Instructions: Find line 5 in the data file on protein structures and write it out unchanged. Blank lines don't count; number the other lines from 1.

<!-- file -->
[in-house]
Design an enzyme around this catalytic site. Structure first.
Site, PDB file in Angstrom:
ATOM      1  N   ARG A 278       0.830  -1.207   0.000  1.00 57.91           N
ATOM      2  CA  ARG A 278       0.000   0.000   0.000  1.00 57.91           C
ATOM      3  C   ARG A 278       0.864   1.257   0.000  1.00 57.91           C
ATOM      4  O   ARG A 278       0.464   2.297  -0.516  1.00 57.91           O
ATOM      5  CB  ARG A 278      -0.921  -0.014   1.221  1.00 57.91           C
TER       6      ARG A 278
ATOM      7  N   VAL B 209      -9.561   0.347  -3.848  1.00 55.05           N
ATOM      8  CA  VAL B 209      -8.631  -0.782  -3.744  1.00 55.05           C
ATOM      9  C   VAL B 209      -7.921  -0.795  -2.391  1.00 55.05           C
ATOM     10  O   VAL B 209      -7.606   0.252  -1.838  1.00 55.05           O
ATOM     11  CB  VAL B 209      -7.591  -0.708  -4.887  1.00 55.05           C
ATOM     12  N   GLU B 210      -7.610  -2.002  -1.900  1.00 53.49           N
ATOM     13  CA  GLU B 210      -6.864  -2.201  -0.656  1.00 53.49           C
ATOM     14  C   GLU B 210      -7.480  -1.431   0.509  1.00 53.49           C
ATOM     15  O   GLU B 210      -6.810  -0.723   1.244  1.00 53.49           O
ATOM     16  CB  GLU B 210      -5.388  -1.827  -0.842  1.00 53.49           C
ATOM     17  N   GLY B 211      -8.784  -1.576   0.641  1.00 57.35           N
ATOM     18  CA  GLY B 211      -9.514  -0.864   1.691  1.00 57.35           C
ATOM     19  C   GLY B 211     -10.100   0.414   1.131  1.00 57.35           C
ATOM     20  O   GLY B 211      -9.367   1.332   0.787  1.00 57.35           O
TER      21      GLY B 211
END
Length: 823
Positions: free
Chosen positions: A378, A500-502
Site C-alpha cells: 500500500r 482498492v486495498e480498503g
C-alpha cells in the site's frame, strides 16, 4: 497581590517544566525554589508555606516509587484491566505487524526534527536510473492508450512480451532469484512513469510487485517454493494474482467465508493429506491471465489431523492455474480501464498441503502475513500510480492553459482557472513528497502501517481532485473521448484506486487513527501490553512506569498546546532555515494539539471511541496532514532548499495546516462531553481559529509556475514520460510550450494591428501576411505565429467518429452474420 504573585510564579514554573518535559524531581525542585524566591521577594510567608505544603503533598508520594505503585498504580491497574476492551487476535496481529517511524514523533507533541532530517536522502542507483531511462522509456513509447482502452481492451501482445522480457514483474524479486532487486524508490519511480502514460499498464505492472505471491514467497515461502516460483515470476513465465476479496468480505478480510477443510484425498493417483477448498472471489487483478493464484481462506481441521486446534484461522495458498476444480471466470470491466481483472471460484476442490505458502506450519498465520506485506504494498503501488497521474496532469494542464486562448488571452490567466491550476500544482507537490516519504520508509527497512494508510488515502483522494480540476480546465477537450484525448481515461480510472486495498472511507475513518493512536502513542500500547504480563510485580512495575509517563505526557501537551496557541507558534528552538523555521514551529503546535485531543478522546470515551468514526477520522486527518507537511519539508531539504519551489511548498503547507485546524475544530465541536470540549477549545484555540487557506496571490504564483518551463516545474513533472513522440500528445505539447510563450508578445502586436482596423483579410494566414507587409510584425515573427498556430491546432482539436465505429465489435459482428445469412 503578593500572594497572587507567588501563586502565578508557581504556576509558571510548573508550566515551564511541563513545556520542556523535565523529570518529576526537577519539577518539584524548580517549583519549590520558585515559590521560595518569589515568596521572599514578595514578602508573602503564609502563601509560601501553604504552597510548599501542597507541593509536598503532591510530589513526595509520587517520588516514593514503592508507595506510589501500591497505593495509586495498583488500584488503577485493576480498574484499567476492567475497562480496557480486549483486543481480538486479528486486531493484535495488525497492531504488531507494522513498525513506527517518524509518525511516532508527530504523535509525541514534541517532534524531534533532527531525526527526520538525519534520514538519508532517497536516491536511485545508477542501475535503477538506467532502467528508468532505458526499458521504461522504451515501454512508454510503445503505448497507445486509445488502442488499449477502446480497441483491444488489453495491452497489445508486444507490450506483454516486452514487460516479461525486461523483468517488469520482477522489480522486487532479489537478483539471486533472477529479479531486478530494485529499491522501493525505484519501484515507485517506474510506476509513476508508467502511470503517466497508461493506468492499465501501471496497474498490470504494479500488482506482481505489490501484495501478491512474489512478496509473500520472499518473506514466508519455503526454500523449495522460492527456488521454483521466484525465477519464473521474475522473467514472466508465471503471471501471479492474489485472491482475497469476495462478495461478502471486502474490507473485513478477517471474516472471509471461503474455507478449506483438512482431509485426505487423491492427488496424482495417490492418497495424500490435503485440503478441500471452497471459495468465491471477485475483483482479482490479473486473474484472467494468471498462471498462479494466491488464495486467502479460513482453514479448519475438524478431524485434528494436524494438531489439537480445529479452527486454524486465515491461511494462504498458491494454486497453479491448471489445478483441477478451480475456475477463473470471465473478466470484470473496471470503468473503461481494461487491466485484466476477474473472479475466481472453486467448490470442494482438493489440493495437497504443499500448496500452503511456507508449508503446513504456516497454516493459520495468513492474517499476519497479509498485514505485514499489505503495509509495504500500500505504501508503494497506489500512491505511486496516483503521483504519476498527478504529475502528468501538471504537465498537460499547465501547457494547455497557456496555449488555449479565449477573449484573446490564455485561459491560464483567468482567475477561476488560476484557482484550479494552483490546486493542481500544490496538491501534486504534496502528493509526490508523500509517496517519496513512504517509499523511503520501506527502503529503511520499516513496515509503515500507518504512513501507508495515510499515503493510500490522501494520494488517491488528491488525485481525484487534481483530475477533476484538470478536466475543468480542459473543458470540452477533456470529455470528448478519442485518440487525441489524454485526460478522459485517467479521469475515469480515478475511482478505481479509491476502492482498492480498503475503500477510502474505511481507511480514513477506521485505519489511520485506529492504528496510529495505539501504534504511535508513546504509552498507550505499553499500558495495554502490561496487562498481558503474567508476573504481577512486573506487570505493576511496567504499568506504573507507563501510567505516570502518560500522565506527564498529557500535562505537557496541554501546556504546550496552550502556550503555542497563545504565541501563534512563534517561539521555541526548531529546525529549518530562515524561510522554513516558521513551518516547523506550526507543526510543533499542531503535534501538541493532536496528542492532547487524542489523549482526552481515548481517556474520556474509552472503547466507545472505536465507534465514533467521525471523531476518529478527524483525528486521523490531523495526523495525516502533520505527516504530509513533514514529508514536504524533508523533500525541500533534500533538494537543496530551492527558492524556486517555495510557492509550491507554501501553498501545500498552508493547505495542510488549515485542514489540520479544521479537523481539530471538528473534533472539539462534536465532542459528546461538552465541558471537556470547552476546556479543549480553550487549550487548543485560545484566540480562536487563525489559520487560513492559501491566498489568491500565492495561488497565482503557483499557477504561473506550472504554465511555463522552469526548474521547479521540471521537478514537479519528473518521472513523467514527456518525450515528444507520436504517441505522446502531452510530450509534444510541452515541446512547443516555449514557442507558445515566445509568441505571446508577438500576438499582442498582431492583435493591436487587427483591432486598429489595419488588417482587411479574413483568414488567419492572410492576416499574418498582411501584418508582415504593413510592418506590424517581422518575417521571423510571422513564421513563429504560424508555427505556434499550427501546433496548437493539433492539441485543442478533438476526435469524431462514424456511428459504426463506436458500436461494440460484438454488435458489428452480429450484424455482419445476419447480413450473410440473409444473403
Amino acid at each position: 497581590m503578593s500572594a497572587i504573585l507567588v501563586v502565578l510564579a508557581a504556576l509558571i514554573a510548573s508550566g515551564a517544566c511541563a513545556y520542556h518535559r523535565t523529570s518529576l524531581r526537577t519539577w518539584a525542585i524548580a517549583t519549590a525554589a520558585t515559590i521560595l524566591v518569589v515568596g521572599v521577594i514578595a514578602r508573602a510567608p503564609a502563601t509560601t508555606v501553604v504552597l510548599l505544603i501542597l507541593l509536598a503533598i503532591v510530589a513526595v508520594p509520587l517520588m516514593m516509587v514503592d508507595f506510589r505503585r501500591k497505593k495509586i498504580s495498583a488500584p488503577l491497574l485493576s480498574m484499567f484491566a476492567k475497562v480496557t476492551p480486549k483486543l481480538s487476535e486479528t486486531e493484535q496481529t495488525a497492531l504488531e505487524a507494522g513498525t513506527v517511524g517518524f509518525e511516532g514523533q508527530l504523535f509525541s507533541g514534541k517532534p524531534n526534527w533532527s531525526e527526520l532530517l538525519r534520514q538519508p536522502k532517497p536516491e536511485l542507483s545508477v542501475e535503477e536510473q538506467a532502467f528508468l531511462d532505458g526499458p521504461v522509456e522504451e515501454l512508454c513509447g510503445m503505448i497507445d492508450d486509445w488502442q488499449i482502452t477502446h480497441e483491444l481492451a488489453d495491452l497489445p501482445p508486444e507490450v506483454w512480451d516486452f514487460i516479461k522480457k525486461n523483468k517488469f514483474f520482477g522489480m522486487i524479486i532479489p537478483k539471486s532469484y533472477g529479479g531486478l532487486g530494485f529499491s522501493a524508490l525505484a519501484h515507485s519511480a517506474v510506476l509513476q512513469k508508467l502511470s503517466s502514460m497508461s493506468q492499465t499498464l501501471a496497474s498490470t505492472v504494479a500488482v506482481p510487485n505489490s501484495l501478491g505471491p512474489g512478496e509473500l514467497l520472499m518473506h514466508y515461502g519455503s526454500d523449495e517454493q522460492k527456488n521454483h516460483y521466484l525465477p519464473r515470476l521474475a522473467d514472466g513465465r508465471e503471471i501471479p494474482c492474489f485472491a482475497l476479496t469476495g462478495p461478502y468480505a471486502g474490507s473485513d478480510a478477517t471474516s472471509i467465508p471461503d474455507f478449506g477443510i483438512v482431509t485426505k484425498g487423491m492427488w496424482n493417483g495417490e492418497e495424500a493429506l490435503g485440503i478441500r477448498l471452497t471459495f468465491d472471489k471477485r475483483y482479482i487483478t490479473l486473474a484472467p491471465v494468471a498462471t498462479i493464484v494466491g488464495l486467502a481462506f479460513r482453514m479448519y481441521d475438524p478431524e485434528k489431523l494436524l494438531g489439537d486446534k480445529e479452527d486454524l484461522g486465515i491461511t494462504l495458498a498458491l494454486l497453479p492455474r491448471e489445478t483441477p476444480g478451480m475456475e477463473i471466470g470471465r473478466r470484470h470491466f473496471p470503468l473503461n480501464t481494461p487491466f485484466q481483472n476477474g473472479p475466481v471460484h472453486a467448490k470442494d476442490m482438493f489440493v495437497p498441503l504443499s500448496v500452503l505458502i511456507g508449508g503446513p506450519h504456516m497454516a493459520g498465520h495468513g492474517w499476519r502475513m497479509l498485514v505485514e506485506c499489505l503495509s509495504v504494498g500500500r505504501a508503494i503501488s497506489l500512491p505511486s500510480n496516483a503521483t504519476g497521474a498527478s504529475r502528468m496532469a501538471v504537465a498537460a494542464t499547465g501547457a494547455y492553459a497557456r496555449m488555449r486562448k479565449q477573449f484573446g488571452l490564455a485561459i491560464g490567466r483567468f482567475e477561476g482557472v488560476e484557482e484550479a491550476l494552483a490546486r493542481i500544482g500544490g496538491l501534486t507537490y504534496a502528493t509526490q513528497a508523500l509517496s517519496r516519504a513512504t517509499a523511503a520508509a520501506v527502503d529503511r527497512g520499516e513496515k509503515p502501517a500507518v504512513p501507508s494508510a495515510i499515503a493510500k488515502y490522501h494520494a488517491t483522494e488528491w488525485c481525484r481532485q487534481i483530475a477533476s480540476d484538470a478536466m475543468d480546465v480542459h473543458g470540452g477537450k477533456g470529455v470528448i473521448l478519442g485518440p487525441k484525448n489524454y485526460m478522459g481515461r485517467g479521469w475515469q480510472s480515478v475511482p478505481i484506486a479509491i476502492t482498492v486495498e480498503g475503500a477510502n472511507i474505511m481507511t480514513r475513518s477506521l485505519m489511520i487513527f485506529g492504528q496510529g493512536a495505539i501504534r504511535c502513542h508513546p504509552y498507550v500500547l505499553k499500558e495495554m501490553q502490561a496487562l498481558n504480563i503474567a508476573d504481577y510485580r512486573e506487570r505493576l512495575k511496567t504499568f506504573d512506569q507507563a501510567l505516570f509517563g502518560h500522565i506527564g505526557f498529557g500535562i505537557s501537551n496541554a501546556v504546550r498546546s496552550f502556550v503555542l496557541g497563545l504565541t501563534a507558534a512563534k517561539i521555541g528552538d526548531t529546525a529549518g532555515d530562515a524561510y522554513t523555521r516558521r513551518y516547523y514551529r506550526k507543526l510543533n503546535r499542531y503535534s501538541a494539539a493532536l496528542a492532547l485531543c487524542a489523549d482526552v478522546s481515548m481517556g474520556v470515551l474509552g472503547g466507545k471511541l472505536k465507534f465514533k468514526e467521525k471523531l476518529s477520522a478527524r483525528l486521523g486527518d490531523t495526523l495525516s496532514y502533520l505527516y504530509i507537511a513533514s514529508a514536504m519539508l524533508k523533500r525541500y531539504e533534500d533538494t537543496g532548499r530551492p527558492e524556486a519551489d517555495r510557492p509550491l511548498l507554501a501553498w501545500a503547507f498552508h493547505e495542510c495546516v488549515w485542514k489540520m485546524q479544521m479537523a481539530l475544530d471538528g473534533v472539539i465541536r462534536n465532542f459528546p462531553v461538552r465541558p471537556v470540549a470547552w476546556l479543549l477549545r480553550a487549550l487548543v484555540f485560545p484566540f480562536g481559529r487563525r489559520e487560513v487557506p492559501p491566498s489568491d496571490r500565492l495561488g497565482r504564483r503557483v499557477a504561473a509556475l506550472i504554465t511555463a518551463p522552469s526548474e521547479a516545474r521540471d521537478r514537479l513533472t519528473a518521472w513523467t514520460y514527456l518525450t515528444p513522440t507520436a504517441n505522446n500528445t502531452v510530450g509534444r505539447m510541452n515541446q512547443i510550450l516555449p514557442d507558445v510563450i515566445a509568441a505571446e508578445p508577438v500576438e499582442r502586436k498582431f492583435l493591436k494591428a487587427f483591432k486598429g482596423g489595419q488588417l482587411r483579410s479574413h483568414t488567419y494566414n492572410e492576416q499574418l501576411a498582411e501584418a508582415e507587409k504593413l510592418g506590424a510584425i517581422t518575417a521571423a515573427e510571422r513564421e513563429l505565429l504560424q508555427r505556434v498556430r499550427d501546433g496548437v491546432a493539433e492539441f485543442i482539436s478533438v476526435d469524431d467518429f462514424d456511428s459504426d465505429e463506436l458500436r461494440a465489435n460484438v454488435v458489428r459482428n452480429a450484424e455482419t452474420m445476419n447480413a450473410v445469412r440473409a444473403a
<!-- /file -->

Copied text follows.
ATOM      2  CA  ARG A 278       0.000   0.000   0.000  1.00 57.91           C